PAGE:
Sit back in complete darkness for an eerie and mesmerizing sonic voyage at Audium’s theater of sound—a performance space expressly constructed for audio performances, and one of very few of its kind in the world.
Audium’s 49-seat auditorium contains 176 speakers, delivering everything from ambient water to symphonic arpeggios. Played without any visual stimulation, these soundscapes overwhelm the senses. While speakers rotate overhead inducing Doppler effects, subwoofers under chairs set the floor humming. This is no passive experience; the sounds become the space, and the audience is swept along. Composer and performer Stan Shaff personally greets attendees then plays his meticulously crafted recordings himself, delivering ever-shifting arrangements every Friday and Saturday night.
Audium’s earliest roots date back to the late 1950’s, when composer Stan Shaff pushed the boundaries of the listening experience using tape compositions and specific speaker placements. Fast-forward to 1970, when the National Endowment for the Arts granted funds for a purpose-built theater tailored to Shaff’s work. That theater has been entrancing audiophiles for forty years now, and in late 2008 Shaff delighted fans with a brand new composition: Audium 9.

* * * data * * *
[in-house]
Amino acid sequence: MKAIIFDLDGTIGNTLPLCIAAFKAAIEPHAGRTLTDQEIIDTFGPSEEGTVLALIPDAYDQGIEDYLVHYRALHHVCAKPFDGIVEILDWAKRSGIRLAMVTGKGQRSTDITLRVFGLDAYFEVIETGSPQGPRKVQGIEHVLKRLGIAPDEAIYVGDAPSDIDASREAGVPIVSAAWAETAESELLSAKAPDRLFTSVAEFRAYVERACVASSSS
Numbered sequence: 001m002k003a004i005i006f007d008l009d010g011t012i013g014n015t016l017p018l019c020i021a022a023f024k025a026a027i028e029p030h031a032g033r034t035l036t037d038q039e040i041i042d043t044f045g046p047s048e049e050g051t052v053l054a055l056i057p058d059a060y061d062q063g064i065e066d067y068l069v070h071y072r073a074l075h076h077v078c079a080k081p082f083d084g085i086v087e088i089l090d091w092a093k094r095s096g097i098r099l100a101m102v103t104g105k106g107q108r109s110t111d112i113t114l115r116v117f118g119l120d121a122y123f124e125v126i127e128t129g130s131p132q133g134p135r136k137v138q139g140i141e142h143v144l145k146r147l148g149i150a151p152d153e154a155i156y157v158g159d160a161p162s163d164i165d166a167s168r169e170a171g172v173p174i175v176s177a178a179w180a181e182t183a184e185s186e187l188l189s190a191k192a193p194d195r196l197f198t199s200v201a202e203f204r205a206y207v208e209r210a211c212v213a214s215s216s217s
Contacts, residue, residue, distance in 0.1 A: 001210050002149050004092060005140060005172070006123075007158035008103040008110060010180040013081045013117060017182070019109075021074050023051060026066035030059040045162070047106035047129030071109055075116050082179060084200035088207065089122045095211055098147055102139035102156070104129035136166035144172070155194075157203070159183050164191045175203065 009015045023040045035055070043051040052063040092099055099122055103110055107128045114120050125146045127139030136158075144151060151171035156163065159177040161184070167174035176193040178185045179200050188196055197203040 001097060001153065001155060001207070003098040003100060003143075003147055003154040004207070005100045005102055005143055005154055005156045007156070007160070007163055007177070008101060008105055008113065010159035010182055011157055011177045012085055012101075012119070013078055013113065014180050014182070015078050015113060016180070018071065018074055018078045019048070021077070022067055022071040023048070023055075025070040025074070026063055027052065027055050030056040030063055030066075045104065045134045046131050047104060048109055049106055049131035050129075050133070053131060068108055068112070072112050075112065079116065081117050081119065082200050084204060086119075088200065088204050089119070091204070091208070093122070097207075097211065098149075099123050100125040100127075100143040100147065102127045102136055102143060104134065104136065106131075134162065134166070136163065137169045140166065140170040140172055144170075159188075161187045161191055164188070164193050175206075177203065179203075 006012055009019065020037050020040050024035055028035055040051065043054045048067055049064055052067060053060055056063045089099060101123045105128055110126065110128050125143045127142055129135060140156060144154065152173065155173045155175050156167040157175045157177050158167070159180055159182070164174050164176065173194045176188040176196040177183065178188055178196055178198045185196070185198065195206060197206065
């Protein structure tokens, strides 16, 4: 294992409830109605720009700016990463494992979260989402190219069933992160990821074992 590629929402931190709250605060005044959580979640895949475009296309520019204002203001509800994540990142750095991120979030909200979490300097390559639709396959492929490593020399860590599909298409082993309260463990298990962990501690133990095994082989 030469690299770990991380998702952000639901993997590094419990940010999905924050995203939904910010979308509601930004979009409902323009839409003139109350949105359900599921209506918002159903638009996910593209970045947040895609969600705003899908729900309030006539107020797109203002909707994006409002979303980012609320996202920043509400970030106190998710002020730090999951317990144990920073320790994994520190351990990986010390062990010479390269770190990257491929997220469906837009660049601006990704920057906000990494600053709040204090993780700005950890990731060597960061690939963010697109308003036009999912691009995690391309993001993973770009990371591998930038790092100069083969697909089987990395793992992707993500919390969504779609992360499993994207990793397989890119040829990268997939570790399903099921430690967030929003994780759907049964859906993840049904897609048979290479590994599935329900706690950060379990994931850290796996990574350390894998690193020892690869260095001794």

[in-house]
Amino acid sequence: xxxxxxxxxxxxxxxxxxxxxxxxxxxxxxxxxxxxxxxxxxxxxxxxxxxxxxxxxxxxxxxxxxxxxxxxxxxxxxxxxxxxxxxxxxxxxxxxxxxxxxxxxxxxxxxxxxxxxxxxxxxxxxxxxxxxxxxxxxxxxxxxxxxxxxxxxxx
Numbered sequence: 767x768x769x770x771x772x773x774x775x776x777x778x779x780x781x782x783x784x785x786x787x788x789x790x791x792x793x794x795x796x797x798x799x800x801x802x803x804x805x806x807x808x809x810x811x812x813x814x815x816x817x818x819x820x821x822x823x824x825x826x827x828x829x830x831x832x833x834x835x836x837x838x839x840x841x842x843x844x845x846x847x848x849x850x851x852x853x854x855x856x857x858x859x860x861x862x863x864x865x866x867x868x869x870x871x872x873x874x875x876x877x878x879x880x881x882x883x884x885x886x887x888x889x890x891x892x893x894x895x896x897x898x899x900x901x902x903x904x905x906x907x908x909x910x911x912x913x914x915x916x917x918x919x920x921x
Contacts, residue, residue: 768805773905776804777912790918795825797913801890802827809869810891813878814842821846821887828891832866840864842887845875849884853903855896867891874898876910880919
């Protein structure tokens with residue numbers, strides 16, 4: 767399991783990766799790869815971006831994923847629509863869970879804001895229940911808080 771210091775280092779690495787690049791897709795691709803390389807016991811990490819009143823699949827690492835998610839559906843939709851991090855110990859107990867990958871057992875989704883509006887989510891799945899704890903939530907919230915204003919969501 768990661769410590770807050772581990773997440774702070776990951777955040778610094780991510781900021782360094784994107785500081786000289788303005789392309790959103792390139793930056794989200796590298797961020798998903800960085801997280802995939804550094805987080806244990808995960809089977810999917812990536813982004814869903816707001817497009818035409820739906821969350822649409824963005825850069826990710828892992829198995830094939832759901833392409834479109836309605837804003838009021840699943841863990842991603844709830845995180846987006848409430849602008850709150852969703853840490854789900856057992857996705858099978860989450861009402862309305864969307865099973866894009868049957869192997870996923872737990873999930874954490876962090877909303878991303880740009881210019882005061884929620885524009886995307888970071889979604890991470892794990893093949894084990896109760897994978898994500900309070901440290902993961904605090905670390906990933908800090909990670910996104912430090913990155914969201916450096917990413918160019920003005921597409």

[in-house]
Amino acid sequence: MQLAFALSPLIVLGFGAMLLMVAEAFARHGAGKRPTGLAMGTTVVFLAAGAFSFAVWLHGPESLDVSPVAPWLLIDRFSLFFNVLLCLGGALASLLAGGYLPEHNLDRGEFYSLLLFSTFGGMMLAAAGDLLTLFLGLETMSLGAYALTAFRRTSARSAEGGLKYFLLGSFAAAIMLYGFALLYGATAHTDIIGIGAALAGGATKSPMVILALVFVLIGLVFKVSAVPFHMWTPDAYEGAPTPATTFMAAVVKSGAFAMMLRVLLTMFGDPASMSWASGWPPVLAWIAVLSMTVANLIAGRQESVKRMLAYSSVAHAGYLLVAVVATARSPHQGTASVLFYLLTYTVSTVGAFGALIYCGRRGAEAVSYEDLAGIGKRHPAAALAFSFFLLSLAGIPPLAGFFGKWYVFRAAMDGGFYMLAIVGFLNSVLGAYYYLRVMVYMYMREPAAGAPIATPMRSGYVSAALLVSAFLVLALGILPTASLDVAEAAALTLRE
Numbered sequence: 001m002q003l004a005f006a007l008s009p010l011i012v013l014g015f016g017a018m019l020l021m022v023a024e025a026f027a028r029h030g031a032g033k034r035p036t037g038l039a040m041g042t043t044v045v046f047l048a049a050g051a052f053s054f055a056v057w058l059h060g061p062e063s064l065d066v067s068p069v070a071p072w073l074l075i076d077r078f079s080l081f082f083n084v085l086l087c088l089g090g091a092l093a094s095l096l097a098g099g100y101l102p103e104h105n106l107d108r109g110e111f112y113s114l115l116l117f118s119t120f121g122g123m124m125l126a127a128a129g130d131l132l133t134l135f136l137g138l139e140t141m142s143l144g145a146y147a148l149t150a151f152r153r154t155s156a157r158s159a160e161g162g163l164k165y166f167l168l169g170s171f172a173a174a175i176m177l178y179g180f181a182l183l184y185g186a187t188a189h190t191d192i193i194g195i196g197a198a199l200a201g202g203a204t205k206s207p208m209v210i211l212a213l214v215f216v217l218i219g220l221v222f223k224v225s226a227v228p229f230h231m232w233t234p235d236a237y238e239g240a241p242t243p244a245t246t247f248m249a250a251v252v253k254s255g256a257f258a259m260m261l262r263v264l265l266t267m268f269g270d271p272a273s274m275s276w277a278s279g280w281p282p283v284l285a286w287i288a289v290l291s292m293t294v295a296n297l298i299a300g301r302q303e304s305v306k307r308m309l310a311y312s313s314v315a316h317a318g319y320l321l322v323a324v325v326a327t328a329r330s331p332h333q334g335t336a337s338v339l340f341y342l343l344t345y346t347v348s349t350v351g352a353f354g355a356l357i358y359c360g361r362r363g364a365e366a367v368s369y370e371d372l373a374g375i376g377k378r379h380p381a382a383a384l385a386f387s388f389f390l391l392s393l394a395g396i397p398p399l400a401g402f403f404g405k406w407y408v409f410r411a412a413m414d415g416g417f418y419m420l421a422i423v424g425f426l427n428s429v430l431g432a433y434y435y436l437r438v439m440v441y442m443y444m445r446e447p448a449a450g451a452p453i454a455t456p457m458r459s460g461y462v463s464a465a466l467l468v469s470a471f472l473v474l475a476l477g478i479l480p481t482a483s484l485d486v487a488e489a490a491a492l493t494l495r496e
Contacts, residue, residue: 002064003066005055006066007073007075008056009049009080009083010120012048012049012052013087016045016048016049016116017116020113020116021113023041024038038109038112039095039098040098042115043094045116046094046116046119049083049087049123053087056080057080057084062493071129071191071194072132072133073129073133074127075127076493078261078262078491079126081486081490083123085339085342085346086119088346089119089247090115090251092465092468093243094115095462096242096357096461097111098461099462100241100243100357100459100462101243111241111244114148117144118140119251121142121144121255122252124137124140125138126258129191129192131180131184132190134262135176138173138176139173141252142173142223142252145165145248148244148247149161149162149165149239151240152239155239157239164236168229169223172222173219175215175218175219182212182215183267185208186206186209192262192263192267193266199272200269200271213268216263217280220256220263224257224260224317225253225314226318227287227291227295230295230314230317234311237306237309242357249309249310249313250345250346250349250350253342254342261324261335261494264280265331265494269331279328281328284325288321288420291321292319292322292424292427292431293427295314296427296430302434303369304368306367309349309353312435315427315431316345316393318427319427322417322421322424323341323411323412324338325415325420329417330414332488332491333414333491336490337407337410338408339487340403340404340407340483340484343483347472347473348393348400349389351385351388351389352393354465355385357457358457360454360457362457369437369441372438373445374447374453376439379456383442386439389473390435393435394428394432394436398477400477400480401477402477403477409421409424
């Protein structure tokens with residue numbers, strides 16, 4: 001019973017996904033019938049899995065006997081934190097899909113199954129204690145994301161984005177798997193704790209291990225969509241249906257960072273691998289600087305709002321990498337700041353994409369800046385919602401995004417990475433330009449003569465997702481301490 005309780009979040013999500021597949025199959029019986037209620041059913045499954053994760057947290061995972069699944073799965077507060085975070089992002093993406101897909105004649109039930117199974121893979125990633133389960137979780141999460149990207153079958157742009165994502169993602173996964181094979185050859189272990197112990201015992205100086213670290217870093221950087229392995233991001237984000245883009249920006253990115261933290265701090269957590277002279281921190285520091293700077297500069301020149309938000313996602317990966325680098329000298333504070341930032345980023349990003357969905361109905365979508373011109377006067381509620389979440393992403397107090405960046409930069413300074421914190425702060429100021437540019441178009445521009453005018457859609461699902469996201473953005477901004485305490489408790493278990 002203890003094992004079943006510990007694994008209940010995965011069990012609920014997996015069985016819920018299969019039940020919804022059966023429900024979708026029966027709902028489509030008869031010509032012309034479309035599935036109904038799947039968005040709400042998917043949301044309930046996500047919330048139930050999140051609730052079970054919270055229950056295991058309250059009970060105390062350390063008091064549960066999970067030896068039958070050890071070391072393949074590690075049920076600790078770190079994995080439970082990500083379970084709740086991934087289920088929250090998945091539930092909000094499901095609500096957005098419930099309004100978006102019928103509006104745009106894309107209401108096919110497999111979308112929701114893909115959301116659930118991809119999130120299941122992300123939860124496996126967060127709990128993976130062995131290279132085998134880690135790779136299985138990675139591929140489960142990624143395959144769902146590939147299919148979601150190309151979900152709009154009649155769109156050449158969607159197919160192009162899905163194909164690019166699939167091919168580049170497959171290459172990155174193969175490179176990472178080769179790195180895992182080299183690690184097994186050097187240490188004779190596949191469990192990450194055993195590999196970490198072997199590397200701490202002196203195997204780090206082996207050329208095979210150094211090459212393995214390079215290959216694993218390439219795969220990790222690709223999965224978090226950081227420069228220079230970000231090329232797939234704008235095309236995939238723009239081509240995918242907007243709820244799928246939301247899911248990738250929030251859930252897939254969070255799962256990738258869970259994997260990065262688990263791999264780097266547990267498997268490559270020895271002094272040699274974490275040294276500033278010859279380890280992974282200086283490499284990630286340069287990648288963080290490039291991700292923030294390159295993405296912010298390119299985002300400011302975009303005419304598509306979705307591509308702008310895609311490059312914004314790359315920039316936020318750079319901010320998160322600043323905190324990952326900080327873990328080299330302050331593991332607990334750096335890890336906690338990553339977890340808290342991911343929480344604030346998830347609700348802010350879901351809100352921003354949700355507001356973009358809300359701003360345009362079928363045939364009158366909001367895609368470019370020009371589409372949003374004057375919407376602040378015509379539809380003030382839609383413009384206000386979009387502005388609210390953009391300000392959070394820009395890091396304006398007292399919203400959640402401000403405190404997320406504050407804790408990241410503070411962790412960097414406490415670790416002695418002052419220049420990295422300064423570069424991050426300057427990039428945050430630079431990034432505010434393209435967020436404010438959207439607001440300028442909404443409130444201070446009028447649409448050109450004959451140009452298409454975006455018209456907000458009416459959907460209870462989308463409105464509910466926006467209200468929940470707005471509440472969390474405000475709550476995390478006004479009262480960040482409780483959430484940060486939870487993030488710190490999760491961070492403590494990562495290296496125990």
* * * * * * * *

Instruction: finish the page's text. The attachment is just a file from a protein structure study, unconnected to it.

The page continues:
To experience Audium is to step back in time a few decades. From the retro-futurist décor to the minimalist “found” sounds, Audium is a “trip” unlike any other.